~~~Spunky Allie Baldwin wants to write about more significant issues in her father’s newspaper than the current fashion trends. Bottom line is, Allie is a suffragette who is far from shy and, defying her father, plunges headfirst into the fray of suffragette rallies. Worried for her safety, her parents hire a security guard to try to keep her out of trouble.
You can get your copy of The Unforgettable Miss Baldwin here, and find out more about Gail Ingis at her website.
Interviewer, Claire Gem is a multi-published, award-winning author of emotional romance—contemporary, paranormal, romantic suspense, and women’s fiction. She writes about strong, resilient women who won’t give up their quest for a happy-ever-after—and the men lucky enough to earn their love. No helpless, hapless heroines here. These spunky ladies redefine romance, on their terms.
A Taming Season
Claire has a special of short stories up for preorder on Amazon: ENIGMATA: Eerie Bits, Book 1 – A Collection of Short Stories by Claire Gem. Leaves you wondering where, why and what. It certainly ignited my curiosity, and gave me goosebumps, the kind that chilled me deep in my imagination. Want a thrill? Order now, and they’ll be ready to read on 9/29.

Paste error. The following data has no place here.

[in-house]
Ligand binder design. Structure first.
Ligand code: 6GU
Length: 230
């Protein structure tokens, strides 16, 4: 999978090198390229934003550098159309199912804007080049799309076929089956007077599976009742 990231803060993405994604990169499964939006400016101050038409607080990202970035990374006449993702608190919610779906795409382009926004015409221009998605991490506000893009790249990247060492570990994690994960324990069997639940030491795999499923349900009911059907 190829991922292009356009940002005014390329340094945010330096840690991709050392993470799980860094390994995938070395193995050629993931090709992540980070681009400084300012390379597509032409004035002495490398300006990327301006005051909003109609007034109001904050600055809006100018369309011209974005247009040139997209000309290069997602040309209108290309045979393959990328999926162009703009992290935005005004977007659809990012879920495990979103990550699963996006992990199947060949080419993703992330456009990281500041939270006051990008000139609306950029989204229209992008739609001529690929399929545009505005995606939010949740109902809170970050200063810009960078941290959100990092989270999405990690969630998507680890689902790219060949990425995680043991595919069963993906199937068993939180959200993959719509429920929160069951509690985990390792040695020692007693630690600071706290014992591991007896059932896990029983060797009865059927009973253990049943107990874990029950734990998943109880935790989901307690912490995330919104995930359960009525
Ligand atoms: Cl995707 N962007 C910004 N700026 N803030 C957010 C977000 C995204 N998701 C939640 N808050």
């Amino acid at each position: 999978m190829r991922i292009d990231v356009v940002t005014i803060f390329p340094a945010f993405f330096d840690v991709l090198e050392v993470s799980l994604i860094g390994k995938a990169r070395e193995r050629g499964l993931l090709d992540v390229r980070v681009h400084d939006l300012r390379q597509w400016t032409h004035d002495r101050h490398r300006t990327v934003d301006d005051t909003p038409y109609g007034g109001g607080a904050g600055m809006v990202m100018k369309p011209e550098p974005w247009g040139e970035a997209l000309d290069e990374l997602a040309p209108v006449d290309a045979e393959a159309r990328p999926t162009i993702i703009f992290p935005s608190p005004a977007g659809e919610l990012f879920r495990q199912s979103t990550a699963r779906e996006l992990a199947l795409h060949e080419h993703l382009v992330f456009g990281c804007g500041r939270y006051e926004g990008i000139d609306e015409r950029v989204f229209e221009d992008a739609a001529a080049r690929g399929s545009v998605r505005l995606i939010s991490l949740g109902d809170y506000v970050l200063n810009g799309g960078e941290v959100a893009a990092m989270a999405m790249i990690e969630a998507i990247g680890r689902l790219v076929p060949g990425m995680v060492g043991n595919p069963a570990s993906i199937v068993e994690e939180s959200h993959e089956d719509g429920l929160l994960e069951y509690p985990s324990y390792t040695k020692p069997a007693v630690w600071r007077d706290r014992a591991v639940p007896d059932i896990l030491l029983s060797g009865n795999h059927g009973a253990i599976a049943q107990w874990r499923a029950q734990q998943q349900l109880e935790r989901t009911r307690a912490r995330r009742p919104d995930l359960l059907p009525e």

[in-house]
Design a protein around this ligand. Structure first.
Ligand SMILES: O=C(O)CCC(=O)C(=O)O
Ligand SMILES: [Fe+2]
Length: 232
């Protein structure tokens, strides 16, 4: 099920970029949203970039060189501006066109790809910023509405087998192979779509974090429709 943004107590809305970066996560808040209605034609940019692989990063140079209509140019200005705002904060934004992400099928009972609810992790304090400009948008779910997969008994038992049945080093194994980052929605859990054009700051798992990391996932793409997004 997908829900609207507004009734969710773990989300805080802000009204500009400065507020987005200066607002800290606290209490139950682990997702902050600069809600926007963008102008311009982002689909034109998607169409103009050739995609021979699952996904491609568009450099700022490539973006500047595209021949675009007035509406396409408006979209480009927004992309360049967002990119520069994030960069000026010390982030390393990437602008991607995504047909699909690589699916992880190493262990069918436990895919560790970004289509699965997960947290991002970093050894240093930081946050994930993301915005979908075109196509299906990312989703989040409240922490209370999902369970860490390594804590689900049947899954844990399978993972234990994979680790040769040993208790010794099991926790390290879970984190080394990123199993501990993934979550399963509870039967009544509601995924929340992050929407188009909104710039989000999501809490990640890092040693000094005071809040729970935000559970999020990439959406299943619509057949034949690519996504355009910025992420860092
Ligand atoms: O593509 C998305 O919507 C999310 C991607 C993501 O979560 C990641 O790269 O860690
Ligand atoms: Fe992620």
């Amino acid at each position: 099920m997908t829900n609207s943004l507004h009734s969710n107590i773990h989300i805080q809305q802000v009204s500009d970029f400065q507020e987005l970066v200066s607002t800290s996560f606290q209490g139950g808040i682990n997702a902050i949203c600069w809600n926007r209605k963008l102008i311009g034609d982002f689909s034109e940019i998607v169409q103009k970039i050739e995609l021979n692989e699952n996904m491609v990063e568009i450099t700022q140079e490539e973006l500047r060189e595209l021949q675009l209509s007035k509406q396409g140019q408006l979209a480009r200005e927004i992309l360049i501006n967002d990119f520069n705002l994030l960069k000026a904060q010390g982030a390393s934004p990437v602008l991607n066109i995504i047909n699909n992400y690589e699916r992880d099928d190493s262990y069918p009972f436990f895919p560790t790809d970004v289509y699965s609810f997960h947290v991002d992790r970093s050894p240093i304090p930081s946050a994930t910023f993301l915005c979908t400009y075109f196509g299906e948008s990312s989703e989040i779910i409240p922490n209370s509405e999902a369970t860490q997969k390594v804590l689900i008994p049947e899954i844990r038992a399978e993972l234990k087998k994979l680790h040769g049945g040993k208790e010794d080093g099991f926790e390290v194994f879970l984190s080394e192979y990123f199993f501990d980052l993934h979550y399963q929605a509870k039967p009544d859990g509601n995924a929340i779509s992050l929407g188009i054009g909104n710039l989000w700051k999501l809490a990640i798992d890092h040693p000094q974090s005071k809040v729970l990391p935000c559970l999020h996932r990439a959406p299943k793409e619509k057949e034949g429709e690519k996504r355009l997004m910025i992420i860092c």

Fire burned down architect Joseph Paxton’s Crystal Palace. It was built in London’s Hyde Park to house The Great Exhibition of 1851, the first all glass and iron modular structure built at the time of the Industrial Revolution.
In the 1850s, the cheapness and availability of cast iron led James Bogardus of New York City to advocate and design buildings using cast iron components. Cast iron could be cast into a wide array of shapes and designs, allowing elaborate facades that were far cheaper than traditional stone carved ones. These facades could also be painted in desirable colors. If you’ve been to New York City, you’ve seen and know the elaborate neo-classical and Romanesque designs.
The designs were used pervasively on commercial and industrial buildings. Surviving examples in SoHo and Tribeca areas of New York are vast. One of the most intact ensembles in the American West can be seen in the Skidmore/Old Town Historic District, a National Historic Landmark, in Portland, Oregon. In the old cities of the southern United States, the use of cast-iron in architecture was popular in the 1800s. Cast iron columns had the advantage of being slender compared with masonry columns but capable of supporting similar weight. That saved space in factories and other kinds of buildings like theaters, churches and synagogues.